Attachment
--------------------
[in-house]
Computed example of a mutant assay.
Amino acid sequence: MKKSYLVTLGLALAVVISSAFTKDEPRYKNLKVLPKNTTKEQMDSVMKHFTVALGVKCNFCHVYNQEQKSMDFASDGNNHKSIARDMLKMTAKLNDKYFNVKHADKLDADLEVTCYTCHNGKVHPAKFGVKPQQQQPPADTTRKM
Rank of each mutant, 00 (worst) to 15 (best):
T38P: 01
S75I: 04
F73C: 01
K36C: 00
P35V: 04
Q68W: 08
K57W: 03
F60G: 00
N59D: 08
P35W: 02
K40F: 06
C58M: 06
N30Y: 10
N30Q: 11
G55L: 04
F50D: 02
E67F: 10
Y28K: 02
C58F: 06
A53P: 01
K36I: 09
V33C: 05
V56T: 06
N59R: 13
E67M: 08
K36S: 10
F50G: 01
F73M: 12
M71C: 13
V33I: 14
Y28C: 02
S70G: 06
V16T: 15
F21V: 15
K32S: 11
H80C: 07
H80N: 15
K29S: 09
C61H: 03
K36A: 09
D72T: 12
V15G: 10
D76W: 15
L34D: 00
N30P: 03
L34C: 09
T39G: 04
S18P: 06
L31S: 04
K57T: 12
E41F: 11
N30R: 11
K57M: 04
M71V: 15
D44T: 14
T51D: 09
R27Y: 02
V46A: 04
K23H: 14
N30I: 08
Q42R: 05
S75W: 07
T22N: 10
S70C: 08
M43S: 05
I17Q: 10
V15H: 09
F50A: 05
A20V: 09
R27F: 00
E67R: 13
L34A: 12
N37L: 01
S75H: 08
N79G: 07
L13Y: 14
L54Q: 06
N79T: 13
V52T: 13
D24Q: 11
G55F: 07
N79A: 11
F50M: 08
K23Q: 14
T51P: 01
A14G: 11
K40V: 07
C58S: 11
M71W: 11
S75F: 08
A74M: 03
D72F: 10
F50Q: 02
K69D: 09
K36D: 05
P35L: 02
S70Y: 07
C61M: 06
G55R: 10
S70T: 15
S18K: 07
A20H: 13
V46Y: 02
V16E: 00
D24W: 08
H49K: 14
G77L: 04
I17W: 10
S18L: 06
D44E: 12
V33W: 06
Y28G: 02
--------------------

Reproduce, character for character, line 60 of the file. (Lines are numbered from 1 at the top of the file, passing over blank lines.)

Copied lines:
T51D: 09